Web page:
Ten-O-Six Thai's It Up

Maryland CrabSoup and Tod Mon Get Fancy

By Cathy Adams

     Ten-O-Six, a popular Federal Hill restaurant which recently changed owners and menus, now features "Thai-American gourmet cuisine." Tom Chunsakoon, formerly the executive chef for the Suburban Club, felt it was "time to do my own restaurant, do what is in my heart," by creating a menu that offers a menu split between Thai and American cuisine, with an emphasis on elaborate presentations on over-sized plates.

     Ten-O-Six, with it's small two-level dining rooms allows Chunsakoon and his wife, Penny, the sous-chef and pastry chef, the opportunity to concentrate on the food, and pay attention to every small details, like the house-made foccacia and coffee beans ground to order. The narrow open kitchen at the front of the restaurant is also an opportunity for the customers and Chunsakoons to get to know each other. Chunkasoon said the advantages of being the chef and owner is that he can offer a moderately priced menu with an emphasis on quality and quantity as well as cater to his guests. American entrees are represented by Planked Stuffed Salmon, oven roasted on a piece of cedar that adds an aromatic smoked flavor; Rockfish with a pecan crust and a crab-orange buerre blanc (a delicate butter sauce); an over-sized grilled veal chop, and rack of lamb with a Zinfindel sauce and vegetable bouquet.

     Crab soup, a traditional tomato-vegetable broth is garnished with lump crab and a "cracker spoon," Blue Point oysters are available in season, either raw or grilled with a butter, lemon and chive sauce. Mussels, steamed with white wine, garlic, basil and lemon grass is one of the few cross cultural dishes.

     The Thai appetizers and entrees are classical Thai food, prepared with traditional Thai techniques, but with exuberant French-style presentations. Pad Thai, probably the most well-known Thai dish of stir fried chicken, shrimp and garnished with peanuts and cilantro and cellophane rice noodles with the ingredients precisely arranged around the plate. Thai pork loin is served with sticky rice molded in a timbale and garnished with green papaya salad. Tod Mon, generally currried fish cakes, is made with minced lobster mixed with a spicy chili paste and served with a cooling cucumber sauce. The desserts are made by Penny and frequently include Creme Brulee (a rich baked custard glazed with caramelized sugar) and Baked Alaska, with chocolate cake, home-made strawberry ice cream, is covered with light meringue and blow-torched to a golden brown. "I love the Baked Alaska," said Chunsakoon.

1006 Light Street
(401) 528-2146
Appetizers and salads $5-$7
Entrees $11-$20
Hours: Monday-Thursday 6-10 pm
Friday-Saturday 6-11 pm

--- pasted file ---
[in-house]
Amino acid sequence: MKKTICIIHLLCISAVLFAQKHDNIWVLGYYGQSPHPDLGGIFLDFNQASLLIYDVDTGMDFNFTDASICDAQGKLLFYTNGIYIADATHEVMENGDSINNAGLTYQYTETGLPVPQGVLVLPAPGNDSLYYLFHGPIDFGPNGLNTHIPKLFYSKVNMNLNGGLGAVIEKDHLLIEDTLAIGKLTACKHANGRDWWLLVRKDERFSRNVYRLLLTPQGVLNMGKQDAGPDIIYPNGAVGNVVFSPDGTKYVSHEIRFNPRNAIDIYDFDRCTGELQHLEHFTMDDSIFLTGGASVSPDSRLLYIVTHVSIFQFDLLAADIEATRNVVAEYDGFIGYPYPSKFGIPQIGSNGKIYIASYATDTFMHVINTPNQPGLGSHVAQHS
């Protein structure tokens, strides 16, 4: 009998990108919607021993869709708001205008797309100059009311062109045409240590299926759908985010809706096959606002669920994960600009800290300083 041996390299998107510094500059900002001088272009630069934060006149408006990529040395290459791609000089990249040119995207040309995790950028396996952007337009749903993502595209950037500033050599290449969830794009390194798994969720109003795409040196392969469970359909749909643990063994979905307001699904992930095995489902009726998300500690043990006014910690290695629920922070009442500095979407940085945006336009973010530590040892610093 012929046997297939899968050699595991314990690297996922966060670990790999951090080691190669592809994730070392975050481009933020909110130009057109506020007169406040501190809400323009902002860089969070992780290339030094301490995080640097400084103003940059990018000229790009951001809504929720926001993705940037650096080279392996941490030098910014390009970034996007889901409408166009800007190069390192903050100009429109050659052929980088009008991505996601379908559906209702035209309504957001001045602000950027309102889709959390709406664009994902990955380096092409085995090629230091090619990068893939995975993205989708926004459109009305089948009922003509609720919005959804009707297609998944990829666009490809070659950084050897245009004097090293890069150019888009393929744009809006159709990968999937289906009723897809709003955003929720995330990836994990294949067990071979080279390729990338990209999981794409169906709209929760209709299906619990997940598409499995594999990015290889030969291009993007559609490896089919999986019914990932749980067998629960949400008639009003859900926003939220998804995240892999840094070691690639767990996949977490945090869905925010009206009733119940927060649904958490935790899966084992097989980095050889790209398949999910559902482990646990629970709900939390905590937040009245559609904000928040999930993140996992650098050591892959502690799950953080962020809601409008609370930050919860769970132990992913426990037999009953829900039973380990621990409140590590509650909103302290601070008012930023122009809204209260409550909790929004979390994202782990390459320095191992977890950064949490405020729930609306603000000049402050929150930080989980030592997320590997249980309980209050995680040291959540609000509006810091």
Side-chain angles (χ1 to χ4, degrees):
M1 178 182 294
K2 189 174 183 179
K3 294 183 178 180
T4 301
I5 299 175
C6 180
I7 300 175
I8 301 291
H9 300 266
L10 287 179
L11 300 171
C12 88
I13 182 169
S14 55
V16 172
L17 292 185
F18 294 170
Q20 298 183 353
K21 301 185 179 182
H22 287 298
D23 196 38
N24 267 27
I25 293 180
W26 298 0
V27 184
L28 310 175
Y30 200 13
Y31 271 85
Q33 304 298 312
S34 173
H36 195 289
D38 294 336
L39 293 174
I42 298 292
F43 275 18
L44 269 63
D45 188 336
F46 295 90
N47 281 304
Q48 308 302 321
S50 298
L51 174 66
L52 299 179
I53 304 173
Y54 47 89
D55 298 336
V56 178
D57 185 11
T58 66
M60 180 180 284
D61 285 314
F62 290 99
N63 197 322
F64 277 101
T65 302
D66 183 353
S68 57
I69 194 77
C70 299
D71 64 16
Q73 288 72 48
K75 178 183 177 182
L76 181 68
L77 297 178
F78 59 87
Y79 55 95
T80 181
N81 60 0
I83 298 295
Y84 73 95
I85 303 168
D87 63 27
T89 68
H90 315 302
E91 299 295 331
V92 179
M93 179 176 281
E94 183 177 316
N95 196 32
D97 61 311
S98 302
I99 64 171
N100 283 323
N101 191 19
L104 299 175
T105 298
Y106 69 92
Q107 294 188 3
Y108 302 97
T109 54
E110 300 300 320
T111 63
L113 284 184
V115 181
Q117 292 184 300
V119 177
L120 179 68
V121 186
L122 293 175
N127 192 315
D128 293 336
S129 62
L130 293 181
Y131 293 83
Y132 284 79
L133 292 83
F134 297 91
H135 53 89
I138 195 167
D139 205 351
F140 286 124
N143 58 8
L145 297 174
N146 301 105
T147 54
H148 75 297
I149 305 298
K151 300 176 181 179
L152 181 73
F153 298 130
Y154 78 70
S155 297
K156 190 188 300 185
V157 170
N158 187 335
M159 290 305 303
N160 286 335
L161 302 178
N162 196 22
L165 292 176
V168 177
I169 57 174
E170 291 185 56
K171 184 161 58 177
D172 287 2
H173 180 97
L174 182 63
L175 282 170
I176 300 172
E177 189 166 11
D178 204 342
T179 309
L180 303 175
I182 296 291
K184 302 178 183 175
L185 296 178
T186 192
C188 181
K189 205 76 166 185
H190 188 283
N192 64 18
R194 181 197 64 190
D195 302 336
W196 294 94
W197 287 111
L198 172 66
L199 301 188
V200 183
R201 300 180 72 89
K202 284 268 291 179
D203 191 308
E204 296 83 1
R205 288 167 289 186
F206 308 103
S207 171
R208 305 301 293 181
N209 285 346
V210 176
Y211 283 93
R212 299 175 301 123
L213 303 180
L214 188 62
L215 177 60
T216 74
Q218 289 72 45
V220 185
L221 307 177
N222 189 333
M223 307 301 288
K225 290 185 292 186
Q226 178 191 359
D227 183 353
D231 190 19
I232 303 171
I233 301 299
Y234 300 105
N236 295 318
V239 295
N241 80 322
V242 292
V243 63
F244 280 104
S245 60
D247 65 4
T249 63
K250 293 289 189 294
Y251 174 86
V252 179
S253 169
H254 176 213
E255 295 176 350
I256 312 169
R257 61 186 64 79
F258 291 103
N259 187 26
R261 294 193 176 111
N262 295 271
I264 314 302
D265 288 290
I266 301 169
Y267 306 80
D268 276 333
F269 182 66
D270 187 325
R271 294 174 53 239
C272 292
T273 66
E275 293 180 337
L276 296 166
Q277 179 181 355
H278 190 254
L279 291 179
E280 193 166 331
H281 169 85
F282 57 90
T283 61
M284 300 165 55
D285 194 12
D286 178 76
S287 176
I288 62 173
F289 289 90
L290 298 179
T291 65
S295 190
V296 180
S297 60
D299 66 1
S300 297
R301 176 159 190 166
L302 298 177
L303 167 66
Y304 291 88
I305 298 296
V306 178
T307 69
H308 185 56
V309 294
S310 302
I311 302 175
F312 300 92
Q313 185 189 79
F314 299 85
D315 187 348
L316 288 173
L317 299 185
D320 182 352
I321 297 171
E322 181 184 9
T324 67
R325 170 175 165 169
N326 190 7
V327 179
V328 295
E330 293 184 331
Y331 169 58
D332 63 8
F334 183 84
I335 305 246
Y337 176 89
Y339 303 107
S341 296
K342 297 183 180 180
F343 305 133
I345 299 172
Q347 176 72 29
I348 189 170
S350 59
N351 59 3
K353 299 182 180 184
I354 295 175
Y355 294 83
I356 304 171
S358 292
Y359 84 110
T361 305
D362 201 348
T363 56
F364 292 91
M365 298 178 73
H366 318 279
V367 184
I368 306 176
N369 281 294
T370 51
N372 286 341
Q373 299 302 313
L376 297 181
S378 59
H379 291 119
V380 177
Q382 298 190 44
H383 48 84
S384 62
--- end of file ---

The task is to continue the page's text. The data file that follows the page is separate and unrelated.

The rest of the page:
Sunday 5-9:30 pm

Crab meat and Shiitake Spring Rolls with Spicy Orange Syrup to serve 4 as an appetizer

4 Spring Roll Wrappers
10 ounces Jumbo lump crab- picked
2 ounces Shiitake mushrooms- stemmed and sliced
2 ounces bamboo shoots-cut into thin match sticks
2 cups fresh spinach leaves-washed
1 teaspoon finely chopped garlic
1 teaspoon finely chopped shallot
1 1/4 teaspoon finely chopped cilantro root or 1 tablespoon chopped cilantro-see note
2 drops Thai fish sauce
1 beaten egg
1 tablespoon vegetable oil
vegetable or peanut oil for deep frying

2 cups fresh orange juice
4 tablespoons sugar
1 teaspoon chopped garlic
1 teaspoon chopped shallot
1 dried chili pepper pod
Coarsely chopped cilantro leaves for garnish

1. Heat 1 tablespoon vegetable oil in saute pan, add garlic and shallot and cook until lightly browned.
2. Add shiitake mushrooms, bamboo shoots, spinach and cilantro roots and saute until spinach is lightly wilted. Add crab meat and fish sauce and saute for 2 minutes longer . Refrigerate.
3. Divide filling into 4 pieces and gently pat into a cylinder. Place on bottom third of wrapper, leaving a 1/2 inch margin on the sides. Fold the 1/2 inch sides over the filling, brush with egg wash, then from the bottom fold it up, burrito-style, keeping it as compact as possible. Brush top edge with beaten egg and seal. Refrigerate for at least 1 hour.
4. For sauce: Combine orange juice, sugar, garlic, shallot and chili pepper in non-reactive sauce pan. Bring to a boil, turn down to a simmer and reduce until thick and syrupy. Strain sauce, discarding solids.
5. Heat frying oil to 350 F and fry spring rolls on both sides until golden brown.
6. Drizzle the orange sauce on plates. Cut spring rolls on a slight bias and fan out on plates. Decorate with cilantro leaves if desired.

     Note: Chungsakoon uses the roots of cilantro for a more pronounced flavor. Buy cilantro bunches with the roots still attached, wash, and chop.

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